Hey, anybody out there familiar with the landscape of eastern Oregon or in possession of a fine atlas? These pictures were taken just off I-84 where it follows the Oregon Trail northwest of Ontario in Malheur County. We were about to drive into some beautiful, chalky, rumpled hills. They reminded me of oddly of Yorkshire, were it hot and dessicated and its heather replaced with sagebrush. These pictures don’t show the segment of golden, folded, heat-hazed landscape I liked best, as there weren’t any turnouts and I didn’t fancy the Camry’s modest acceleration abilities against the flotilla of heavily laden trucks that accompanied most of our drive to Idaho. I cannot find out whether these hills have a name. Tub Mountain is marked as their high point, but none of my maps, paper or Google, is specific enough to tell me more.

Come to think of it, I don’t believe we’ve rewarded good research on this blog since I wanted to know how the Shetland wool called mooskit came by its name. It’s time we did so again. And I feel knowledge of geography is frankly undervalued now that your cell phone can direct you absolutely anywhere and rob you of the adventure of exploring. Be the first to find me the name of these hills and I’ll send you a little something from ye olde yarn stash (which I am reorganizing at last). Or some chocolate, if you don’t knit. (I hope there’s some romance in the name. I’ll be disappointed if it’s dull… but the reward will stand.)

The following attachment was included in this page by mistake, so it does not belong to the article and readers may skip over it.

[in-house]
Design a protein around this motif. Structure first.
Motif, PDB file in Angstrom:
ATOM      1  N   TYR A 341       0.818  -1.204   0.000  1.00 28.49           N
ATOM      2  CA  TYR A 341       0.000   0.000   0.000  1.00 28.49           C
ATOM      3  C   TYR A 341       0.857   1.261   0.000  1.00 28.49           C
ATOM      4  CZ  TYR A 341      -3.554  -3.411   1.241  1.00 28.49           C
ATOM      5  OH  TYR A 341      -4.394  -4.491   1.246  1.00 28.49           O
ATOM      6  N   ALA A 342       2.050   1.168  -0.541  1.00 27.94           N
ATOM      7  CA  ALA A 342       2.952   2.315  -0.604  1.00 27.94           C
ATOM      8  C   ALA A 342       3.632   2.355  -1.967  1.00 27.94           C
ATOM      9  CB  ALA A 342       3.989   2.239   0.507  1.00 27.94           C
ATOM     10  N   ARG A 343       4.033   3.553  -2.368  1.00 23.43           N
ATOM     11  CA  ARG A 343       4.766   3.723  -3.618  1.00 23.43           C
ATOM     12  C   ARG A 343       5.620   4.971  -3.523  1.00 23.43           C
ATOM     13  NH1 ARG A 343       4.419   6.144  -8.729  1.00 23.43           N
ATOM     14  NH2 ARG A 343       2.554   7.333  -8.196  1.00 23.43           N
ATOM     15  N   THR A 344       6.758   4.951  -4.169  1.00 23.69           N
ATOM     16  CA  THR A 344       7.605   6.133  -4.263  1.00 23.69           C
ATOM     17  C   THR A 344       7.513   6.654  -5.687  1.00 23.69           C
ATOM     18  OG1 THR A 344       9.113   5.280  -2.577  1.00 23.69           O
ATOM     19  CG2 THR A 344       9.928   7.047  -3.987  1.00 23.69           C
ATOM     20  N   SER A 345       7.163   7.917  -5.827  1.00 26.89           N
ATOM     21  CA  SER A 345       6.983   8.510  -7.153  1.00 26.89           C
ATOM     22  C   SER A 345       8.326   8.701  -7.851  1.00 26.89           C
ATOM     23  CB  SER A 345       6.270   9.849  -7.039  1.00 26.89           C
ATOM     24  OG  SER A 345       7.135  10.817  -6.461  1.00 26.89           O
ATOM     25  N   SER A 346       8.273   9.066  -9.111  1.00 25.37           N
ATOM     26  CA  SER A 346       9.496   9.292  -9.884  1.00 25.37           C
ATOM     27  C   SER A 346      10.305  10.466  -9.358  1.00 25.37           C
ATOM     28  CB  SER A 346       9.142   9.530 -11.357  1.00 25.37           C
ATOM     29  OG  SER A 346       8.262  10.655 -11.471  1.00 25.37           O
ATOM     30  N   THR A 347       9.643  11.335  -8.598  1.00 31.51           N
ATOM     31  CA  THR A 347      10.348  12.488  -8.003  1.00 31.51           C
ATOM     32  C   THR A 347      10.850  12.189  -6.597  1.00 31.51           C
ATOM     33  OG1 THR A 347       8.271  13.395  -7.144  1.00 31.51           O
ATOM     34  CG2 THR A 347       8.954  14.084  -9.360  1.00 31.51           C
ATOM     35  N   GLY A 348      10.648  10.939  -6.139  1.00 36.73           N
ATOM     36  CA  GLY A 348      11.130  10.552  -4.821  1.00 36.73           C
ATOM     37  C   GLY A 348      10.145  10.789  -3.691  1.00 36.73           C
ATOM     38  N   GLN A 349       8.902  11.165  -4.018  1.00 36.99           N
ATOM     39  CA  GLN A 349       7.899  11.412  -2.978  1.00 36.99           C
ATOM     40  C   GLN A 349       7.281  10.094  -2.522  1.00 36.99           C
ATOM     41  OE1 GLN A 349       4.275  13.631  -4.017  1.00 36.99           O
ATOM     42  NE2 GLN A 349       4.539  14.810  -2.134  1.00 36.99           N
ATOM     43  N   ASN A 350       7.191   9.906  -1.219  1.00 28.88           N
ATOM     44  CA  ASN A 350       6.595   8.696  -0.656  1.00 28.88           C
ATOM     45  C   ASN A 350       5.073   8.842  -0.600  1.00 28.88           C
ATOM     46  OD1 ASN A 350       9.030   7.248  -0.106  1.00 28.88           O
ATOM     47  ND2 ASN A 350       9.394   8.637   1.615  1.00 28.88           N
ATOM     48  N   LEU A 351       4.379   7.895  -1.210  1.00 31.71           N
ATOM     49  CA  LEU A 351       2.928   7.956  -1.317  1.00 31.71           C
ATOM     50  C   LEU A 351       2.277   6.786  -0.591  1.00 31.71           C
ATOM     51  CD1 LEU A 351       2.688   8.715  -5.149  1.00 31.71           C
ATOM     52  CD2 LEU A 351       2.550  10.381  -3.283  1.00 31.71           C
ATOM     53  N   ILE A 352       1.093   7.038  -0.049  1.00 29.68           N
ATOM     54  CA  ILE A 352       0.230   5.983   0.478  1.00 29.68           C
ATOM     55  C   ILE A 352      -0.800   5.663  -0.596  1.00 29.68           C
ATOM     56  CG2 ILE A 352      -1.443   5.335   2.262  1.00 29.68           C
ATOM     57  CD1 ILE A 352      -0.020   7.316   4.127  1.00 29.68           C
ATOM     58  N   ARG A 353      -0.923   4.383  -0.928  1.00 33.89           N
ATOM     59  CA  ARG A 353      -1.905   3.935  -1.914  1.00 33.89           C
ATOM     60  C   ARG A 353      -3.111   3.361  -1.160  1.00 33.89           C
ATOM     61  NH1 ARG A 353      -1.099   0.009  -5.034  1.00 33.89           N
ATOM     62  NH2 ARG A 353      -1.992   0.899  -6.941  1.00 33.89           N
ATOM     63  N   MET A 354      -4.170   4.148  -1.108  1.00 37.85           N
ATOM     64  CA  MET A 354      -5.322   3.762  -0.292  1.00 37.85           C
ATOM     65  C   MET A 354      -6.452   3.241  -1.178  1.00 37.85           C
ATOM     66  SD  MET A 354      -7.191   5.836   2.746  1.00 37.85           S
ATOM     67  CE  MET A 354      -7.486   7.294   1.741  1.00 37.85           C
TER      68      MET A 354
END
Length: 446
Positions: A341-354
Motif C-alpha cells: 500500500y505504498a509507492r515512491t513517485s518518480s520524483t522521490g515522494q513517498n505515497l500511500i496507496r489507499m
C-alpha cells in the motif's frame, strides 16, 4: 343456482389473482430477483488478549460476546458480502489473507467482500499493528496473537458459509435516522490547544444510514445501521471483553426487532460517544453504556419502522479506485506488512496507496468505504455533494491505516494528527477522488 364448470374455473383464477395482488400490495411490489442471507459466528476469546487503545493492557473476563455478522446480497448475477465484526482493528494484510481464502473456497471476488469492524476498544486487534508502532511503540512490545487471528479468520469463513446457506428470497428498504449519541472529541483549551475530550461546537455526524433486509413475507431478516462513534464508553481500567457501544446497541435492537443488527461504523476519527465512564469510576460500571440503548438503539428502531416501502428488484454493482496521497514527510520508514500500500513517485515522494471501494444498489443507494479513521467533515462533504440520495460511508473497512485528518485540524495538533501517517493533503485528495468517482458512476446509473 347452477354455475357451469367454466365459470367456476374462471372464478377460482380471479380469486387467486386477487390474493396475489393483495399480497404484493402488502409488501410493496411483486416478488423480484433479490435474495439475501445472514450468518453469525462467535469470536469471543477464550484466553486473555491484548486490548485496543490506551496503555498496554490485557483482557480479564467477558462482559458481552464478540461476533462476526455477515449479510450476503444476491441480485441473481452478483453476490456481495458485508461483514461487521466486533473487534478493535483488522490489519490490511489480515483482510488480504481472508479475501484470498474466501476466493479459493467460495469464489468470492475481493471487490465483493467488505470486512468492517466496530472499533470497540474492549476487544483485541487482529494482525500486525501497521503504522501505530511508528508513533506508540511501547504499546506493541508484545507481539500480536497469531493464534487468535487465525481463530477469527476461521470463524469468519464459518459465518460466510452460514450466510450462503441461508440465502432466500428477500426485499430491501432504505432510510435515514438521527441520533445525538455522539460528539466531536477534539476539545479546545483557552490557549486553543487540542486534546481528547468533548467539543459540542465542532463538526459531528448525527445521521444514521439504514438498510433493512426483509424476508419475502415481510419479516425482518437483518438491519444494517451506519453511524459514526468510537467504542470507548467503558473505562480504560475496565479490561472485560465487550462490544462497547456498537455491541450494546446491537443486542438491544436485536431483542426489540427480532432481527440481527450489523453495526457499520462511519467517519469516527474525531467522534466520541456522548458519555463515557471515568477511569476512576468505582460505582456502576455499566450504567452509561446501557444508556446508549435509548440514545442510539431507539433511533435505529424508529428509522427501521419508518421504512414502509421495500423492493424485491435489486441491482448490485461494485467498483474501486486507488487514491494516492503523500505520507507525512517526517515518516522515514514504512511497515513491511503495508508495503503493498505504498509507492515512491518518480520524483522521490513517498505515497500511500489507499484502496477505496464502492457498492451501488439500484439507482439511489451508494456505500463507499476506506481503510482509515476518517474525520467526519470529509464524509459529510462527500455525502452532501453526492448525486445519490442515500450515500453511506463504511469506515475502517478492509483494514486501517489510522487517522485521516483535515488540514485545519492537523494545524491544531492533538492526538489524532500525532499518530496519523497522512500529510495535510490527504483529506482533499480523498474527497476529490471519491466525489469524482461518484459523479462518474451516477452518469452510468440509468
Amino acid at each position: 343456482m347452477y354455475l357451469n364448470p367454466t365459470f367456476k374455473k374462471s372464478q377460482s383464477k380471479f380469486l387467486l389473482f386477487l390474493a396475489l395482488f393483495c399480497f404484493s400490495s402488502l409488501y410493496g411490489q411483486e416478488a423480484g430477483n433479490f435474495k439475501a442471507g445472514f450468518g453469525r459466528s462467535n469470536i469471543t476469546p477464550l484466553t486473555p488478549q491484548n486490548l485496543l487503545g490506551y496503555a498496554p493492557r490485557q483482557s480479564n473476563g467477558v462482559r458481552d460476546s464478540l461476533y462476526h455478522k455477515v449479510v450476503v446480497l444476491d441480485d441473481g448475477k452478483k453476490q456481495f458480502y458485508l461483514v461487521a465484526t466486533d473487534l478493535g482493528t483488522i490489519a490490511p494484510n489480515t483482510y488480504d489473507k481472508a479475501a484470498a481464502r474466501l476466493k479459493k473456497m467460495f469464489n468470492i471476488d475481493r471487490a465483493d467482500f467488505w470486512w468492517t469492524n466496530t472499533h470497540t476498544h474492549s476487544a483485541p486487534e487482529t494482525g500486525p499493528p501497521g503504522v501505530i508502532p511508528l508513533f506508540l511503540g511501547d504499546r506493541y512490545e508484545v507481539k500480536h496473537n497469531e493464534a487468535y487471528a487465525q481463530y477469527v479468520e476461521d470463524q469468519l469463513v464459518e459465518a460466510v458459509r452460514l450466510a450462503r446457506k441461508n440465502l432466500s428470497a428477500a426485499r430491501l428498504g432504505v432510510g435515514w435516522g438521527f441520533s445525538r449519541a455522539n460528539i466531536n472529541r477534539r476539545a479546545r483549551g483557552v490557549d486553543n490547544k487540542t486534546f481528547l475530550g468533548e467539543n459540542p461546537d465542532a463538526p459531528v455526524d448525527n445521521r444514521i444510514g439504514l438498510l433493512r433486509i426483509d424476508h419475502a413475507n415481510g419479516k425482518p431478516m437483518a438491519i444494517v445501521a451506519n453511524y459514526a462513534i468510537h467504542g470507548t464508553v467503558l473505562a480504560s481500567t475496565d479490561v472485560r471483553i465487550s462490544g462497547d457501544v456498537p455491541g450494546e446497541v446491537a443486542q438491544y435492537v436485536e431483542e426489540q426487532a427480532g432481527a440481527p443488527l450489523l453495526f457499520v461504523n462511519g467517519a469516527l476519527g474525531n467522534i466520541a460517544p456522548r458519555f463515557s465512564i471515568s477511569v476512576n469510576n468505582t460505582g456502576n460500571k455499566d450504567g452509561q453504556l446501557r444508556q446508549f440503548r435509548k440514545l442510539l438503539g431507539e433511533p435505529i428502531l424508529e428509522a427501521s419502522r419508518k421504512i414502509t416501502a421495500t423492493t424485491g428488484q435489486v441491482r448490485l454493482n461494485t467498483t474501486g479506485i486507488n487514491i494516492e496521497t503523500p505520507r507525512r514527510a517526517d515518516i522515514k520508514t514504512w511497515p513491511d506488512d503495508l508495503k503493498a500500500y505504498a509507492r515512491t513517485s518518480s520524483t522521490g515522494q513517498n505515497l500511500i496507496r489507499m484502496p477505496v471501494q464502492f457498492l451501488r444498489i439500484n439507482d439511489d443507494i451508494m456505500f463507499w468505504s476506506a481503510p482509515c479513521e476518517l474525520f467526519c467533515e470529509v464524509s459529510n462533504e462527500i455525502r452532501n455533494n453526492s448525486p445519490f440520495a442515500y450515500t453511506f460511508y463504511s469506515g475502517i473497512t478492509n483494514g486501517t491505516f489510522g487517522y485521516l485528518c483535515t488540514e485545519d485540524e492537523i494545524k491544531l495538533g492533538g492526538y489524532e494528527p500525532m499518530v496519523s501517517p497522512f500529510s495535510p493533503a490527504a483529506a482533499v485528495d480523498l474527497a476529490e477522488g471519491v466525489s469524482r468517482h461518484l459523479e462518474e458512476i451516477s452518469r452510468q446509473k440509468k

2 September: I think I’ve set you an impossible task. I’ve looked at a zillion different maps and I just can’t find that those hills have a name. I’m going to declare Molly the winner of the contest since she found Pine Tree Ridge, one of the only two named topographical features in the area. (The other is Moore’s Hollow, which I think is sort of visible as a cleft in the distant background of these photos.) Pine Tree Ridge is just at the edge of the region I’m speaking of. I can’t say I saw a single tree of any kind there, but perhaps there was once a pine tree and that’s why that particular ridge was notable. Anyway, we’ll try to have an easier contest again before year’s end!